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Minerva Psichiatrica 2014 September;55(3):107-30

Copyright © 2014 EDIZIONI MINERVA MEDICA

lingua: Inglese

Anxiety disorders: new guidelines, new treatments, new targets

Manson C. C. 1, Baldwin D. S. 1, 2

1 Clinical and Experimental Sciences, Faculty of Medicine, University of Southampton, Southampton, UK; 2 University Department of Psychiatry and Mental Health, University of Cape Town, Cape Town, South Africa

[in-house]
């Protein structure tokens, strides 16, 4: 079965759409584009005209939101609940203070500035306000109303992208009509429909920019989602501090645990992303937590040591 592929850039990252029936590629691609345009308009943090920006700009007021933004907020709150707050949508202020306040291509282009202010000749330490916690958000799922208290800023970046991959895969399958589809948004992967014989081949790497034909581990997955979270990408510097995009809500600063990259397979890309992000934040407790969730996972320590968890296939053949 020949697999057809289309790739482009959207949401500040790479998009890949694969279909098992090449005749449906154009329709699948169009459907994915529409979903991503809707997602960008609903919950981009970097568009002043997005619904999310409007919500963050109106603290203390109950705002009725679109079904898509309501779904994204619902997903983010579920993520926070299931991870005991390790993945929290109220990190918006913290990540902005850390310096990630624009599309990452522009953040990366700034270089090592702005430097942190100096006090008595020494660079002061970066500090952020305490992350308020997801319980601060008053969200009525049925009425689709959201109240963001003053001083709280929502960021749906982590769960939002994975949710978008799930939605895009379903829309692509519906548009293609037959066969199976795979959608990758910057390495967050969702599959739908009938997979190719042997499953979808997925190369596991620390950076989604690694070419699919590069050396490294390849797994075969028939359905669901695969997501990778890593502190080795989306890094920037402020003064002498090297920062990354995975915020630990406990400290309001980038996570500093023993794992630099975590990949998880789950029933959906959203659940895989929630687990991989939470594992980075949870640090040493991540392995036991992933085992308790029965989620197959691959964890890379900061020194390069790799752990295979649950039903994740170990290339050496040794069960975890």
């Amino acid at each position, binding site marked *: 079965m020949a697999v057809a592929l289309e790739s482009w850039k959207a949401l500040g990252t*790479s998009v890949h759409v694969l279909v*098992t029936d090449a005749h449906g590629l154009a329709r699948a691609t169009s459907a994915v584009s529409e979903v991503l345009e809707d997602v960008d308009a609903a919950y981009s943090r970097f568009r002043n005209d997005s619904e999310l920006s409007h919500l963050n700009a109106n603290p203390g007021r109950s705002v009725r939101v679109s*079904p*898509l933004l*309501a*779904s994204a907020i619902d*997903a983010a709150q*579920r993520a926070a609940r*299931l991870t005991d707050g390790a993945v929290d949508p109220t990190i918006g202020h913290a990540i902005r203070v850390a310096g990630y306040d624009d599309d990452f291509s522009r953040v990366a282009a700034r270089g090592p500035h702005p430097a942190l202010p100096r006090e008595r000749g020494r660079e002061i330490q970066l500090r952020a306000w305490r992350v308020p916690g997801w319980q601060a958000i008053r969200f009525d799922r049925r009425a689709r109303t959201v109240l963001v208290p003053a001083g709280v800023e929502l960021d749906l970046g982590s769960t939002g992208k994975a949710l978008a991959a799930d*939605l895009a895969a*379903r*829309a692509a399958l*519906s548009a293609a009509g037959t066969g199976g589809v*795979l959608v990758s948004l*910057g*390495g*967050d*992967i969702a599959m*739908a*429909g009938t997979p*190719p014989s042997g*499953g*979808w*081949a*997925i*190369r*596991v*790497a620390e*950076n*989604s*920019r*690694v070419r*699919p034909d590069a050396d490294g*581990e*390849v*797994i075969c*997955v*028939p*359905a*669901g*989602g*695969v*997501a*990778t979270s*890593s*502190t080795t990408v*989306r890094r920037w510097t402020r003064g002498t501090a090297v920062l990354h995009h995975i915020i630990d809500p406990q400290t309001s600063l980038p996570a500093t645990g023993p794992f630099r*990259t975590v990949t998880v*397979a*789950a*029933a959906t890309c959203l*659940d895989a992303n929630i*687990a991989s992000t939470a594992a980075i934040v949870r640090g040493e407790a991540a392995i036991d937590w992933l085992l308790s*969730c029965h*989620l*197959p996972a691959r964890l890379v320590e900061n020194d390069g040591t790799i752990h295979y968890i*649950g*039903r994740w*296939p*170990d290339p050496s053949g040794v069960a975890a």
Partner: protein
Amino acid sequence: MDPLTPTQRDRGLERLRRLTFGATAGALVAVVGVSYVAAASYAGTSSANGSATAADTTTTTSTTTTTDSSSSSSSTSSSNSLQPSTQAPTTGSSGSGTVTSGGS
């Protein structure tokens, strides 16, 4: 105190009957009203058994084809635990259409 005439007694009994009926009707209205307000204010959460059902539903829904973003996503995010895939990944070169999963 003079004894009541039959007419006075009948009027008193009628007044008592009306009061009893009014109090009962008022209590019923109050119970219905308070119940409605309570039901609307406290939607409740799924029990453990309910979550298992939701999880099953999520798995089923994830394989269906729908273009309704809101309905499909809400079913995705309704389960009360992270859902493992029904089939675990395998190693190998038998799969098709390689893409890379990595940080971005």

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The individual, familial and societal burden associated with anxiety disorders is considerable, but many who might benefit from treatment are not recognized or treated by healthcare professionals. Initial recognition relies on keen awareness of the symptoms that are seen in all anxiety disorders, and subsequent diagnosis rests on the identification of the characteristic features of particular disorders. The need for treatment is determined by the severity and persistence of symptoms, the degree of personal distress and level of associated disability, the presence of coexisting depressive symptoms, and other features such as a good response to or poor tolerability of previous treatment approaches: the choice of treatment is influenced by the evidence base, patient characteristics, patient and doctor preferences, and the local availability of potential interventions. There is much overlap between the different anxiety disorders in evidence-based and effective therapies (such as the prescription of a selective serotonin reuptake inhibitor or a course of individual cognitive–behavioural therapy) but there are also important differences, and it helps to become familiar with both the characteristic features and detailed evidence base for each disorder.

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